The IDE testcases and the validation testcases look similar, but they serve very different purposes. For a beginner it's not easy to see the difference. Sadly Codingame only tells you the validation testcases are there "to prevent hard coded solutions". That's certainly right, but it doesn't explain anything.
Lets start at the beginning. The problem description tells you what your program has to do. To solve a problem, you have to write a program that produces the right output for every possible input.
The IDE testcases are there to help you understand the problem description and to facilitate debugging. They are examples and tell you what output your program has to produce for a specific input. That's why you can see the input, the output and where your program produces errors.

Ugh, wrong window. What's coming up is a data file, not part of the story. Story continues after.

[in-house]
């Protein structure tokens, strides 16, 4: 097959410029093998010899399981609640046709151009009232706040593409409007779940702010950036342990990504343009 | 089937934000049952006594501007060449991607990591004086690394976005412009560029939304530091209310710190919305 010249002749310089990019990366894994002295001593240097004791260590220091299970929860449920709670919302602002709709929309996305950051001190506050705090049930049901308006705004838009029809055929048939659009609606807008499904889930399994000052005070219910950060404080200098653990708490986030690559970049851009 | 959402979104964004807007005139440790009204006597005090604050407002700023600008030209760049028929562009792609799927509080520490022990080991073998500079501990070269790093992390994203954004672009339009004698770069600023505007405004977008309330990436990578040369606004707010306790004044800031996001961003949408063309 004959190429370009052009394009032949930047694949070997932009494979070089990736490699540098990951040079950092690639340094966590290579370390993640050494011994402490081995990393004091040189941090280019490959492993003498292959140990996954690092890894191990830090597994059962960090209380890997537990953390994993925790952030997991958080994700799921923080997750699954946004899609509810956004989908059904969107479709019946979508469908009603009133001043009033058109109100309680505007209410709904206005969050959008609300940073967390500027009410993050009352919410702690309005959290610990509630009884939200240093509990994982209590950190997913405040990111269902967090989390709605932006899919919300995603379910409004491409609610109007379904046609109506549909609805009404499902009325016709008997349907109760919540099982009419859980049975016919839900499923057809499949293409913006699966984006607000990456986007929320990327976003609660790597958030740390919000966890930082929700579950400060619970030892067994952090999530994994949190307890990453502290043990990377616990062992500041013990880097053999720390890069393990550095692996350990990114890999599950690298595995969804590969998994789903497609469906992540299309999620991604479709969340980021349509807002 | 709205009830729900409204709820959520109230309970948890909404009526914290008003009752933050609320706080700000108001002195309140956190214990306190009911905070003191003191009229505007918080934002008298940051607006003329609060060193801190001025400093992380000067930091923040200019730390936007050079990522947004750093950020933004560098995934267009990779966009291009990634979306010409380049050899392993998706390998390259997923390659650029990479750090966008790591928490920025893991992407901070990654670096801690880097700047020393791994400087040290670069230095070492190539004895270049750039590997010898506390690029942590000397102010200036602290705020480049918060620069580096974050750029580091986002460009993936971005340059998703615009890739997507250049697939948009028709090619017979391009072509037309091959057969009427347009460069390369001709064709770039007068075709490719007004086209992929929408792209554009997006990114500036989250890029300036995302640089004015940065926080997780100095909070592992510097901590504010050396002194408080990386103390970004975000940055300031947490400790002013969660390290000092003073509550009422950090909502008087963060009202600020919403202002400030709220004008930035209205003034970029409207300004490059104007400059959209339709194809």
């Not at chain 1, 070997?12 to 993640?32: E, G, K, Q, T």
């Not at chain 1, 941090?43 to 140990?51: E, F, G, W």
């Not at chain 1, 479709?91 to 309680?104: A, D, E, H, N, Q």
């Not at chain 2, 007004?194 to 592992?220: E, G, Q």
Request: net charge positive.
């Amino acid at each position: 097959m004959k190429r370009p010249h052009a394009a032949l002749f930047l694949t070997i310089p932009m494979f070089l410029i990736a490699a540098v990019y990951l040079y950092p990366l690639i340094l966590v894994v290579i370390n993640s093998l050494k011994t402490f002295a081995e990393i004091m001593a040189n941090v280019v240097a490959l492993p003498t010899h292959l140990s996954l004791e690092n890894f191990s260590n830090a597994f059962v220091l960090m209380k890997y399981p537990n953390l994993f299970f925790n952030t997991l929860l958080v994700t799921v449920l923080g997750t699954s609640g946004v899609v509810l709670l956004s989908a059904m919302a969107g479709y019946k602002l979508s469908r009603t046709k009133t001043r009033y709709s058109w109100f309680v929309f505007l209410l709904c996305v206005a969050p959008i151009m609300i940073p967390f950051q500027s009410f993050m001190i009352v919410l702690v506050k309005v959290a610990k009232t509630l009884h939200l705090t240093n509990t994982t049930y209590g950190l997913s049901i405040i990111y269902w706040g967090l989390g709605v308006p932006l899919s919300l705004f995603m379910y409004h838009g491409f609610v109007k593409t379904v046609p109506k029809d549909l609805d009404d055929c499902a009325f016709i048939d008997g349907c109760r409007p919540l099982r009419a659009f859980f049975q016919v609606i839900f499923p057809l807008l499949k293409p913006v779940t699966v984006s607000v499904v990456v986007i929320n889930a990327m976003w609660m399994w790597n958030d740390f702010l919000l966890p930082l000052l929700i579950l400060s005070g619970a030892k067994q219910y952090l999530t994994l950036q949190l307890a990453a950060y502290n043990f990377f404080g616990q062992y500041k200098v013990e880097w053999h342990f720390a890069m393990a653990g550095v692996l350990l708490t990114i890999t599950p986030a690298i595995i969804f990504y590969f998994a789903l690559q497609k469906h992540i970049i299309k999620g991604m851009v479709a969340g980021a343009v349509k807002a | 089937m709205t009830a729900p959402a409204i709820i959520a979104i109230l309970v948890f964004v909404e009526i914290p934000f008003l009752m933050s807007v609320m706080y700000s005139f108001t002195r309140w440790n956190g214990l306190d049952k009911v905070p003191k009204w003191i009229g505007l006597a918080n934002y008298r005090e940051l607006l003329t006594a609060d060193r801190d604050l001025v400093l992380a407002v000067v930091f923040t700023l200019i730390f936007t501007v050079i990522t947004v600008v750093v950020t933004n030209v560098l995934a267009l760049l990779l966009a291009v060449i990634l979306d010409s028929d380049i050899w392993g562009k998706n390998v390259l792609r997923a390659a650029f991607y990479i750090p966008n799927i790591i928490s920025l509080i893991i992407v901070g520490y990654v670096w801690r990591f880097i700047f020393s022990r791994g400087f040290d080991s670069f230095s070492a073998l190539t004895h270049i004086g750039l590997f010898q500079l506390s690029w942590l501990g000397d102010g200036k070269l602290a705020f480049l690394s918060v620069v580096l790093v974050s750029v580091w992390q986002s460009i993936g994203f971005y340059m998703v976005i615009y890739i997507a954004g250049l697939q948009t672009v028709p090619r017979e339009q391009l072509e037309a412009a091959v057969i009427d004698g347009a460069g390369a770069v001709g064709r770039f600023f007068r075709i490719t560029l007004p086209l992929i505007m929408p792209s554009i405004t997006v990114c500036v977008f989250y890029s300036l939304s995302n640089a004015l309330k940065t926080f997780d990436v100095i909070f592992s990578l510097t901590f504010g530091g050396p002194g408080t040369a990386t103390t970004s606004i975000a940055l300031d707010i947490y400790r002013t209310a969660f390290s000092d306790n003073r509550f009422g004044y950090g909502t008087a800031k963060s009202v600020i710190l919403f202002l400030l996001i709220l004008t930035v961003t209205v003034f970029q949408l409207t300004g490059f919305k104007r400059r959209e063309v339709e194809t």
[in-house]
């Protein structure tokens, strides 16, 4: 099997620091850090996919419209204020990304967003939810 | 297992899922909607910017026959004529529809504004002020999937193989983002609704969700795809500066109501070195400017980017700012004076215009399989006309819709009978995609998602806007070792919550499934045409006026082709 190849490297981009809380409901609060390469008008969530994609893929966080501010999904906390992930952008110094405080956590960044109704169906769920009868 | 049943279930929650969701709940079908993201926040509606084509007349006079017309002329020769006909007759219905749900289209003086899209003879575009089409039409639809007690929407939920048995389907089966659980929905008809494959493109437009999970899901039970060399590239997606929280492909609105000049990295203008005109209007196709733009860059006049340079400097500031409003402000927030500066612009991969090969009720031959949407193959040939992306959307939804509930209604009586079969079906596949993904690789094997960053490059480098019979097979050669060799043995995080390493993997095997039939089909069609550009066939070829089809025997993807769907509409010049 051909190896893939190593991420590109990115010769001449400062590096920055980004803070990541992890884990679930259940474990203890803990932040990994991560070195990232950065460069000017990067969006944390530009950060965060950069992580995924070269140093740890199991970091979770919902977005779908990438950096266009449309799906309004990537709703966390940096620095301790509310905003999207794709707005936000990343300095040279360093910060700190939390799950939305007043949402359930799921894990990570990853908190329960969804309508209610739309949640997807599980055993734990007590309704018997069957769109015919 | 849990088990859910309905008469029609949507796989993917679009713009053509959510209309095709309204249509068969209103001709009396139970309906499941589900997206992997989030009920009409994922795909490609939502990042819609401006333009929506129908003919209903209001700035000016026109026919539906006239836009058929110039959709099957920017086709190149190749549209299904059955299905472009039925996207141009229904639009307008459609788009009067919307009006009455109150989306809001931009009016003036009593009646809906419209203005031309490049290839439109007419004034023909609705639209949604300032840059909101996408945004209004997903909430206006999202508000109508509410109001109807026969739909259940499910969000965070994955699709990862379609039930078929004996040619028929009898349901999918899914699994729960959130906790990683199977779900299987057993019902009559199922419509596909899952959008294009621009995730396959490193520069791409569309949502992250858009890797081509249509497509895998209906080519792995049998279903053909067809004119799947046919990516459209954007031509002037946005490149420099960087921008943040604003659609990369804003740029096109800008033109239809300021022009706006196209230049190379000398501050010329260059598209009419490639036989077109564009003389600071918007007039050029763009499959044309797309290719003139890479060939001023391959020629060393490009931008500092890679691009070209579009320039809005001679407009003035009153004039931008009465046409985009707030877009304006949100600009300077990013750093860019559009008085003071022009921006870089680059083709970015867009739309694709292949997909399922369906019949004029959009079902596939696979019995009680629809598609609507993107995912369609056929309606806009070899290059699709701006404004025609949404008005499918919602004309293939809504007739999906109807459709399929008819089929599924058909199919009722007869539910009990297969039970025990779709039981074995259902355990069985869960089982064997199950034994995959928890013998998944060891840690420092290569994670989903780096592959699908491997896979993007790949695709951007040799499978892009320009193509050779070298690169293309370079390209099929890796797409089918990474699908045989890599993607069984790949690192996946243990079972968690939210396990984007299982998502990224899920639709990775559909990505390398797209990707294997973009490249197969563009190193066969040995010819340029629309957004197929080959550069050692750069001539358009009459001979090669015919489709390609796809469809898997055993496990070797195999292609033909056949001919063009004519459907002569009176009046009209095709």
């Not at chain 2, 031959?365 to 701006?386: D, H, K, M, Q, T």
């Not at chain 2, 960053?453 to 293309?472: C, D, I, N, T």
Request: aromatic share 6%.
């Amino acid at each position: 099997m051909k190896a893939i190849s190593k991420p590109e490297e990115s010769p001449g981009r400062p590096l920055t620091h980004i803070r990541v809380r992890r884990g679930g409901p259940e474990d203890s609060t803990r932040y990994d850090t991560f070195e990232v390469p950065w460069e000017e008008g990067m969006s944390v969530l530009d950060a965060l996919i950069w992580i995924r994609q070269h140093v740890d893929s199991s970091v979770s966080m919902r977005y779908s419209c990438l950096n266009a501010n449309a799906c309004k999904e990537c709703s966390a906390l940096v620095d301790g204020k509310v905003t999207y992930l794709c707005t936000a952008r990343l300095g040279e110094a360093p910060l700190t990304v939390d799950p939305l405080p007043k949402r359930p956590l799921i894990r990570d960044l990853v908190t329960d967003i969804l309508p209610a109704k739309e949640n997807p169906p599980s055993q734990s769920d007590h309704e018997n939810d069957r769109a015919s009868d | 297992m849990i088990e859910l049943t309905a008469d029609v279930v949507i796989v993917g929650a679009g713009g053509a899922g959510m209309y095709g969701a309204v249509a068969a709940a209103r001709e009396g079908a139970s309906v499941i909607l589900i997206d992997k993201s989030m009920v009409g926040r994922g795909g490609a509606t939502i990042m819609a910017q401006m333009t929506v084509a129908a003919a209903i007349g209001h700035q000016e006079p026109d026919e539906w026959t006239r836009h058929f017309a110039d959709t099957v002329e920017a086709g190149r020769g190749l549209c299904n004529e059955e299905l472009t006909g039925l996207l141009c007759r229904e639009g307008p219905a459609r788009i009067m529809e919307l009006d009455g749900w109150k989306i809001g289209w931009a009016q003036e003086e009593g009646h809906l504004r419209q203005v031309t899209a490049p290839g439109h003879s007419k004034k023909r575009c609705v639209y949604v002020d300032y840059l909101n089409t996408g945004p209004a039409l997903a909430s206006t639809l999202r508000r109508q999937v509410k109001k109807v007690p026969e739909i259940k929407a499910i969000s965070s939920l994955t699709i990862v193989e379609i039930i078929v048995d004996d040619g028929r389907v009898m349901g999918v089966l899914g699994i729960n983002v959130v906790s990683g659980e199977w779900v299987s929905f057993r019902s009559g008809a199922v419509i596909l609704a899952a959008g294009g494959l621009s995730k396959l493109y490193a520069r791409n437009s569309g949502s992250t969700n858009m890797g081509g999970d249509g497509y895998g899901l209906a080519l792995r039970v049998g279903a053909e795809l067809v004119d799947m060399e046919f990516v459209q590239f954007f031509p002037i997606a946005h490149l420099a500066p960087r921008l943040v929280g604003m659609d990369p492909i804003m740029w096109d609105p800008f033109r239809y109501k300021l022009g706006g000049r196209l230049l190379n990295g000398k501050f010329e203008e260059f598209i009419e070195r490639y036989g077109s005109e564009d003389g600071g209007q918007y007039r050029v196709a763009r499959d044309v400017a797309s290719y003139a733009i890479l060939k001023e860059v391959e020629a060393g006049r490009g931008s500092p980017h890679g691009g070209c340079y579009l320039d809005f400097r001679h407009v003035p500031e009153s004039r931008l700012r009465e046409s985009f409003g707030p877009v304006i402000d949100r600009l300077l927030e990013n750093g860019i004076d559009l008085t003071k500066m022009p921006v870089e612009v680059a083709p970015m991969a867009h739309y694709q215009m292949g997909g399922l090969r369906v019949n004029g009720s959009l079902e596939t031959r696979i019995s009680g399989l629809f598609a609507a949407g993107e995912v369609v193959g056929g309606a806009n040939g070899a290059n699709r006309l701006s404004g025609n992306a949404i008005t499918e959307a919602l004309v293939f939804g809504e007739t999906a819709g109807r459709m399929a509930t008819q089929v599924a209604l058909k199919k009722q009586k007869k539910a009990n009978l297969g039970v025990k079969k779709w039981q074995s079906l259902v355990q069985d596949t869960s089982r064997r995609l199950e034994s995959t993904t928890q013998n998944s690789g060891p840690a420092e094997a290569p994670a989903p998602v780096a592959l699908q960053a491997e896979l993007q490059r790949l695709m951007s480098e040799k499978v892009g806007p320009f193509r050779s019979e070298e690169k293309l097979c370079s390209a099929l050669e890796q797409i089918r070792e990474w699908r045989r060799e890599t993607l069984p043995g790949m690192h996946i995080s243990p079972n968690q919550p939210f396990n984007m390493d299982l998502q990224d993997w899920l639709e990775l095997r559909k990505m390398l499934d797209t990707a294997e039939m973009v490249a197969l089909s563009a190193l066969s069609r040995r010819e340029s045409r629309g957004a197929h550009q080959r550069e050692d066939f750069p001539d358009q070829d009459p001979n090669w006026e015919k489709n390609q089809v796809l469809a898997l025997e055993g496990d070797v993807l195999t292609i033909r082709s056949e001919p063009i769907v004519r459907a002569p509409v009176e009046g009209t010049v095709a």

The validation testcases serve a different purpose. To see if you have solved the problem Codingame would have to check that your program produces the right output for every possible input, but that's obviously not practical. Instead, Codingame only checks for a limited number of inputs (the validation testcases) that your program produces the right output. That's the reason they can't give you any information about the validation testcases.
So what does it mean if your program passes all IDE testcases, but fails some validation testcases? It means you have to go back to the problem description and think about your program. Because for some input it doesn't produce the right output. A good way to go about it is to make some more testcases yourself.
For example take your "duplicate mime" testcase and look at the IDE testcase. It's probably a list of mime types with two identical entries somewhere (e.g. a,a). Here are some questions you can ask yourself and use to construct additional testcases. Does your program also work if: there are three or more identical entries (a,a,a)? there are multiple identical entries (a,a,b,b)? the identical entries are far apart, or at the front/end of the list? all entries in the list are identical? the duplicates are not in order (a,b,c,a,b,c)?
But these questions obviously depend on your program and you have to find the right questions yourself.